The shipping industry in Denmark, home to some of the world’s largest firms, agreed to double wages for crew sailing through the Red Sea to compensate for the danger posed by the recent attacks.
The hazard pay kicks in for the time spent in two defined high-risk areas in the region, according to a deal presented on Friday by employer group Danish Shipping and the nation’s three largest labor unions for seafarers.
Many transport companies are avoiding the Red Sea where Yemen-based Houthis have attacked ships in support for Hamas in the conflict with Israel. But even ships without direct links to Israel have been targeted, and as the escalation of the war threatens global trade, a US-led task force is trying to bolster security on the key waterway.
Denmark’s A.P. Moller-Maersk A/S, the world’s second-largest container line, is one of the companies preparing to resume shipping through the Red Sea after initially sailing the long way south of Africa. Others are taking a more cautious approach: shipping giant Hapag-Lloyd AG confirmed on Friday it will continue to avoid the Red Sea and will review the decision on Jan. 2.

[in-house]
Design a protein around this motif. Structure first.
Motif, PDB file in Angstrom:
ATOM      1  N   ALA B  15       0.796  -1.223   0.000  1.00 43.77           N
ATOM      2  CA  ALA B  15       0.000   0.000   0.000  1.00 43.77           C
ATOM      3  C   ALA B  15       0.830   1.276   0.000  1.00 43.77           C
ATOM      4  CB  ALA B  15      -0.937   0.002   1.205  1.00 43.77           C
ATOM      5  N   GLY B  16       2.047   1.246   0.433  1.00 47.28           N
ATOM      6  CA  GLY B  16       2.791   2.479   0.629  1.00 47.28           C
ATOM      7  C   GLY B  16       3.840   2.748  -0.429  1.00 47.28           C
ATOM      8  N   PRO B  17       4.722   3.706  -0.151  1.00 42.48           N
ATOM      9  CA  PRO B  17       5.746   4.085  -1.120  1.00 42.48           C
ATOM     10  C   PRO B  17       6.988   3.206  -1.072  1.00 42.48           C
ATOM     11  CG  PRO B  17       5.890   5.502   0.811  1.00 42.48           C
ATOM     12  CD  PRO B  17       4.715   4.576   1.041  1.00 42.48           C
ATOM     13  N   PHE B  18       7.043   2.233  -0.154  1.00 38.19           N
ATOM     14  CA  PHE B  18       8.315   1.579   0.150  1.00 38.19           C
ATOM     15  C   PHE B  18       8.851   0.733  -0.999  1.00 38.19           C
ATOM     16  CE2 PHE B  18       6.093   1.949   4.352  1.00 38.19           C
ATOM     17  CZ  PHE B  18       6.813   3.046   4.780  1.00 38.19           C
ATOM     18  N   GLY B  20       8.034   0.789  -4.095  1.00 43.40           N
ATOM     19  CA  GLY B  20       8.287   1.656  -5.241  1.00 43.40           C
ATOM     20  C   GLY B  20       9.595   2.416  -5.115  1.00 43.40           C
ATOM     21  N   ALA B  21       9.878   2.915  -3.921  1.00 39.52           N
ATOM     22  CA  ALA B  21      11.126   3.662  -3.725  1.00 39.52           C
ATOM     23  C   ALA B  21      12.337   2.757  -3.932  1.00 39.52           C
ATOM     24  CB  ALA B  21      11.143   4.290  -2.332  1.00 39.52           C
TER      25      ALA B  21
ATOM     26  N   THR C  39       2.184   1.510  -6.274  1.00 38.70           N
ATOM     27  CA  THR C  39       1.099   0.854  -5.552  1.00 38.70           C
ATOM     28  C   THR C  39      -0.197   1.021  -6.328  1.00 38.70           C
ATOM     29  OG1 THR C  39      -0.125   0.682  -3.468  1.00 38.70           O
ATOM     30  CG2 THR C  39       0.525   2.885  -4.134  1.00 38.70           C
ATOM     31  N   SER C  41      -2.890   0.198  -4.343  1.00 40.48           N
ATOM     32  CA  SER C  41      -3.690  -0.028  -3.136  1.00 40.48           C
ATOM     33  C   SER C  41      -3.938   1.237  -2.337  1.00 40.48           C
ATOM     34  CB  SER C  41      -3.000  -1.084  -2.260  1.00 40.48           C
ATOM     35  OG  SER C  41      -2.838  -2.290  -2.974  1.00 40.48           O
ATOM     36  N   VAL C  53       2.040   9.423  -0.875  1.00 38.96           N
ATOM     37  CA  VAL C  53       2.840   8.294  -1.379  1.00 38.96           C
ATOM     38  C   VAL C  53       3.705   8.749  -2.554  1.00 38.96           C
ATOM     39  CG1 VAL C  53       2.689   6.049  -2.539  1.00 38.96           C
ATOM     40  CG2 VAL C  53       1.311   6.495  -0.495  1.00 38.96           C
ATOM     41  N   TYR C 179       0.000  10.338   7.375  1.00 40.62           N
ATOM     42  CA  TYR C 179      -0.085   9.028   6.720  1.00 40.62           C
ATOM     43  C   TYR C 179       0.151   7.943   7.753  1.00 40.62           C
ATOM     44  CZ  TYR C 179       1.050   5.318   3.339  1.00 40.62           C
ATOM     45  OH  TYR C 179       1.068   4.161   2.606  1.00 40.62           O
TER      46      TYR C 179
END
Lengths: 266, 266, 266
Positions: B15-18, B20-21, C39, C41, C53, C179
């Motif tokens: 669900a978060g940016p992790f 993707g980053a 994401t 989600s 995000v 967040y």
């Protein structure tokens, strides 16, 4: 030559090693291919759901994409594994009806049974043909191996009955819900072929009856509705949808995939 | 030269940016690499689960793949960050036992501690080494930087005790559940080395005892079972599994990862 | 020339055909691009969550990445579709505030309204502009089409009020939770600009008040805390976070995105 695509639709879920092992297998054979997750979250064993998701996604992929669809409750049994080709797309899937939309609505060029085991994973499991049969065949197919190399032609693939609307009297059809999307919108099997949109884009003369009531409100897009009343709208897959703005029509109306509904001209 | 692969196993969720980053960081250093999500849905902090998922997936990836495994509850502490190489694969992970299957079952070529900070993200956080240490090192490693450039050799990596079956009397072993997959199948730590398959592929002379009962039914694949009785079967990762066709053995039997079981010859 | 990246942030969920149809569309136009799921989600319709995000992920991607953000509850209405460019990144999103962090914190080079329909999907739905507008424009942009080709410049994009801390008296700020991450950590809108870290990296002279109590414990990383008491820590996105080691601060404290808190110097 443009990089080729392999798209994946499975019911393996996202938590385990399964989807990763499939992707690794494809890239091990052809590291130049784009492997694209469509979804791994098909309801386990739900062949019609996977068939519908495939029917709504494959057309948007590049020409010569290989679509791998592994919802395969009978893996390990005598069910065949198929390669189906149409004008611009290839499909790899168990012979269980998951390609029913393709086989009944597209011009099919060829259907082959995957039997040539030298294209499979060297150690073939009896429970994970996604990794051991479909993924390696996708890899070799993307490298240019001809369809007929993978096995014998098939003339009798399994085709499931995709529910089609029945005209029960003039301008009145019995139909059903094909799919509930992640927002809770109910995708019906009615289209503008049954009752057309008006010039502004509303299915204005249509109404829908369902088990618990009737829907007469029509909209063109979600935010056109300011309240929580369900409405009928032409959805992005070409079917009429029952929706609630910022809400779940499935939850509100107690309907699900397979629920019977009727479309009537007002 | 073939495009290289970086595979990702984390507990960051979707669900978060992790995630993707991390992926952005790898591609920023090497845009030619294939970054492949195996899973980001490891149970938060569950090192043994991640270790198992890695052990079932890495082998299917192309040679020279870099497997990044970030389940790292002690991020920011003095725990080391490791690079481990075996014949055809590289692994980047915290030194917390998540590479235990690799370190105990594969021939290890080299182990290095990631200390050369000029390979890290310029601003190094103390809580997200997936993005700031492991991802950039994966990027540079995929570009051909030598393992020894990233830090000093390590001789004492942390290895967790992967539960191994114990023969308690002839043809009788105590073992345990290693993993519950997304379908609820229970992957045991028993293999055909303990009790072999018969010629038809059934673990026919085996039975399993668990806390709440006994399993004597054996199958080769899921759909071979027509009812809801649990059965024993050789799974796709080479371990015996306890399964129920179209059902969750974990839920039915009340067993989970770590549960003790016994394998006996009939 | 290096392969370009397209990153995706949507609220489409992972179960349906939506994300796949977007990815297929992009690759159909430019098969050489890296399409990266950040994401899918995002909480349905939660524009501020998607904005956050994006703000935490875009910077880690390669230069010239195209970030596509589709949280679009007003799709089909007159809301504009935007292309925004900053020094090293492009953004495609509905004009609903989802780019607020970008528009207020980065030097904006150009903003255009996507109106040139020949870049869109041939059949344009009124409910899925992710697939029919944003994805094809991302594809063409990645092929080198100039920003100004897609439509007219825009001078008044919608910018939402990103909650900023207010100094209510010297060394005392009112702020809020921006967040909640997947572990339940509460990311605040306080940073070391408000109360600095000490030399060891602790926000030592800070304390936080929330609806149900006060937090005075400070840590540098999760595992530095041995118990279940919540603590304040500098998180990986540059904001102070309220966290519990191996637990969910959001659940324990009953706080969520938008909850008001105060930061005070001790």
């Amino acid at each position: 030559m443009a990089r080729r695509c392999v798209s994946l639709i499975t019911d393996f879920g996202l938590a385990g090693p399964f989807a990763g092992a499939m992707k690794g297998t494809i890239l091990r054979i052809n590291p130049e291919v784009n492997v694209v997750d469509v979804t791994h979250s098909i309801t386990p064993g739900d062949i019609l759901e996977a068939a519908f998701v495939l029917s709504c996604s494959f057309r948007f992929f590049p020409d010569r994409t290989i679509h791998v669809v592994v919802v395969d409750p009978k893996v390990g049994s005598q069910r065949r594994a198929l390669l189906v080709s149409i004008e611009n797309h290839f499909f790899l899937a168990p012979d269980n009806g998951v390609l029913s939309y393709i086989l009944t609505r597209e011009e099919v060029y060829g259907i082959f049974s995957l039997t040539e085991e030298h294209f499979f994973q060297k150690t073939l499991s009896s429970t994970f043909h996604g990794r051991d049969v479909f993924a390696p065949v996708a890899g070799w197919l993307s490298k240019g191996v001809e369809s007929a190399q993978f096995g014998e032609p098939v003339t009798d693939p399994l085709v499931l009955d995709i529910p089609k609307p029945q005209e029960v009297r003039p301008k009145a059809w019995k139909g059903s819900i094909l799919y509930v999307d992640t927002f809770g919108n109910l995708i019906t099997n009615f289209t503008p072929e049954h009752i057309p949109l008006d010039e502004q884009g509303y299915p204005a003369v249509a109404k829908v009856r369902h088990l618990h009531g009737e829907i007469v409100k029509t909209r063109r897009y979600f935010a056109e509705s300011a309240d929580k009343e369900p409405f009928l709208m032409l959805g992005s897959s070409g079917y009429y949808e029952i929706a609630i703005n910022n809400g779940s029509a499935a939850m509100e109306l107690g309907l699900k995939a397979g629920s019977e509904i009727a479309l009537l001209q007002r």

Data this week showed that half of the container-ship fleet that regularly transits the Red Sea and Suez Canal is avoiding the route. Diverting around Africa can take as much as 25% longer than using the Suez Canal shortcut between Asia and Europe, adding to costs that may ultimately be passed on to consumers. And it comes just as the other major trade shortcut, the Panama Canal, is suffering from drought, adding to the potential economic risks.
Denmark’s government said on Friday the Nordic country will send a warship to the Red Sea to participate in the US-led mission. The vessel, which will be of the frigate class, is expected to arrive in the area at the end of next month, according to a statement from the ministry of defense in Copenhagen.